Louis B. Funston (Funkenstein) August 21,1945---August 25,2003

 

by Christopher Menkin

 

The obituary in the South Carolina Anderson Independent-Mail newspaper read, ď Mr. Louis B. Funston, age 58, husband of Kathleen Ellis Funston of 36 Bay View, Belvedere, CA, died Monday, August 25,2003 at his residence.

 

I had met Louis Funkenstein in the early 1970ís, introduced him to Mac Pollack

of Key Lease in Redwood City, California, and to Russ Rickards, then of Cenval

Leasing to eventually become Bank of the West Leasing. He and Russ became very good friends. Steve Crane of Bank of the West Leasing said Louis was one of their top producers. He had visited Louis in the hospital two weeks ago where

he had gone for one of his series of treatments.

 

When I had met him, he had just left U.S. Leasing as a salesman. He wanted to become a leasing broker. He chose the name Western Leasing. At first, it was computers, then metal working machinery. Later he was to find a major niche in bakery equipment, food processing and packaging equipment that kept him very busy. He and I along with Mont Gates of Utah started a California brokerís association in the late 1970ís that grew into over 60 members until the then Western Association of Equipment Leasing decided they would allow brokers to join. I think one of the reasons for the disbandment was we had let funders into the group and it changed the meetings and thrust of the organization. Louis was president for several years. Also many of us decided to become lessors, on a limited scale, and some on a major scale, such as A.J. Batt, then of San Mateo, California, and Jim Harris of Oregon.

 

I spoke to Lou about ten days ago by telephone. His voice was raspy. He

did not want anyone to know he was sick. He had pancreatic cancer. He

thought he would arrest it. It was under one of his chemotherapy treatments

at the hospital that he caught an infection, that reportedly cost him his

life, only a few days after he had turned 58 years old.

 

I ran into him at 49er games. One of his vendors had seats about six rows from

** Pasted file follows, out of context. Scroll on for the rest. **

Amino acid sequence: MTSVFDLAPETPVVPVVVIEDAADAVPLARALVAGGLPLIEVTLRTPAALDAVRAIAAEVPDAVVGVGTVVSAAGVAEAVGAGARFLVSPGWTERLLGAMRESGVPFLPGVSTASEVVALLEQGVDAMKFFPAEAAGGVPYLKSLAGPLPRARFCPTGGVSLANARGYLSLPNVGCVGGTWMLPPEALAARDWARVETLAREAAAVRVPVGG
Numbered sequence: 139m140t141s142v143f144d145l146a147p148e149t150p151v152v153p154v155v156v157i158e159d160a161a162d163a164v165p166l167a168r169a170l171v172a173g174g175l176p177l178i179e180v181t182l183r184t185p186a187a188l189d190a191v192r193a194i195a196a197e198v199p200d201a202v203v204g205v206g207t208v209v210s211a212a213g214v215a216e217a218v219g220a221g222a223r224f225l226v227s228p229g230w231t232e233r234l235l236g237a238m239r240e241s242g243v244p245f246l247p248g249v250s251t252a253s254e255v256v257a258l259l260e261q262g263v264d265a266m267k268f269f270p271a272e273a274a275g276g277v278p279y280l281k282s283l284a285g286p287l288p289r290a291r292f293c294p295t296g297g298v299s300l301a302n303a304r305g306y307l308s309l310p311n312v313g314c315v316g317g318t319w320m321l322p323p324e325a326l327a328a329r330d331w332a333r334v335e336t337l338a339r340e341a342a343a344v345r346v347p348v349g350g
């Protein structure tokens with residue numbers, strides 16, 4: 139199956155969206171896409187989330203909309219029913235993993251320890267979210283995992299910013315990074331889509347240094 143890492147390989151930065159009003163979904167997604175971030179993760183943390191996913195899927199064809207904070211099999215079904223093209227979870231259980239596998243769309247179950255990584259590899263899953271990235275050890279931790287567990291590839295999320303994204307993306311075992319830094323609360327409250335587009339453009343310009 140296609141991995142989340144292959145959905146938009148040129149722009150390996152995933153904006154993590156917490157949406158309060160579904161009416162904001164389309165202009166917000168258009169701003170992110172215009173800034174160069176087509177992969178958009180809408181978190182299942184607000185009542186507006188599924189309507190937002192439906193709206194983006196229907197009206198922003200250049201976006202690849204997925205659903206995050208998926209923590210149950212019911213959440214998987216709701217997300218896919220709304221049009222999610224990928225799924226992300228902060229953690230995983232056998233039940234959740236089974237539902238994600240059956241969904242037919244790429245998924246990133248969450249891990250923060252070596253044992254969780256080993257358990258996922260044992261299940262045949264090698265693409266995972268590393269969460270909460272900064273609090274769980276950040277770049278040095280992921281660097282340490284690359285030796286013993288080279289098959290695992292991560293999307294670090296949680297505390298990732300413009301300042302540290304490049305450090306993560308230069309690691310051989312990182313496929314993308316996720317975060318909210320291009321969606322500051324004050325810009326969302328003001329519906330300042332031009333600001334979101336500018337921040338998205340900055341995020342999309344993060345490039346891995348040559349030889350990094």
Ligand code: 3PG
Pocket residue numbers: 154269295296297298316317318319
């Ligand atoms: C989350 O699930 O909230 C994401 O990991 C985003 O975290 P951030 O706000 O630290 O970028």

ours. He often would take his son, Robert Louis, now in junior high school. His girl, Blake Ellis, is in the eighth grade, I believe. Louis was very athletic. In the seventies, ran, rode a bicycle, was in great physical shape, played all types of sports very competitively.

 

I had introduced him to my late wifeís sister. They were going to get married.

Letís just say he was serious, and she was not. He wanted a prenuptial agreement.

She did not. He met his present wife, Kathleen Ellis, and as I understand it, the only condition she had was that he change his name from Funkenstein to Funston.

 

Lou was born in Anderson, South Carolina, and still had his thick Southern Jewish

accent. He was a graduate of Baylor School for Boys in Chattanooga, Tennessee and the Georgia Institute of Technology. He was a manager of the Georgia Tech Basketball Team. The obituary said when he died he was coach for the Catholic Youth Organization Basketball League of Marin County, California, and an active member of the Temple of Israel.

 

He had a great sense of humor. He had a soft voice, and with his Southern Jewish

accent, he could make any joke sound funny. He could also talk you into most

anything. You knew he was getting ready to close you when he lowered his voice,

so you had to lean closer to hear what he had to say. Sometimes to make his

point, it would become a whisper, like he was telling you a secret, taking

you into his confidence. Telling a joke, his voice would get louder and louder

until the punch line. He could orchestrate the volume, and I think sometimes

he made his accent stronger on purpose, as if add another nuance to the

point he wanted to make. There is no doubt he had Southern charm. You looked

forward to seeing him, visiting with him, enjoying his company.

 

He cared about his customers. Funding sources loved him as he not only had

very high approval rates, but got the leases signed. He was a person both

his customers and funding sources trusted. He had integrity. He made money.

He enjoyed spending time with his family. His office was not far from

his beautiful house, and when the economy turned around, he moved the

office into his home. He died at his residence on Monday.

 

The funeral was yesterday at the Old Silverbrook Cemetery, Anderson, South Carolina officiated by rabbi James Cohn.

 

The family suggested that flowers be omitted and memorials be made to the American Leasing Cancer Society, 154 Milestone way, Greenville, SC 29615, the Hospice of the Upstate, 1835 Rogers Road, Anderson, SC 29621 or Hospice of Marin, 150 Nellen Avenue, Core Madera, California 94925

 


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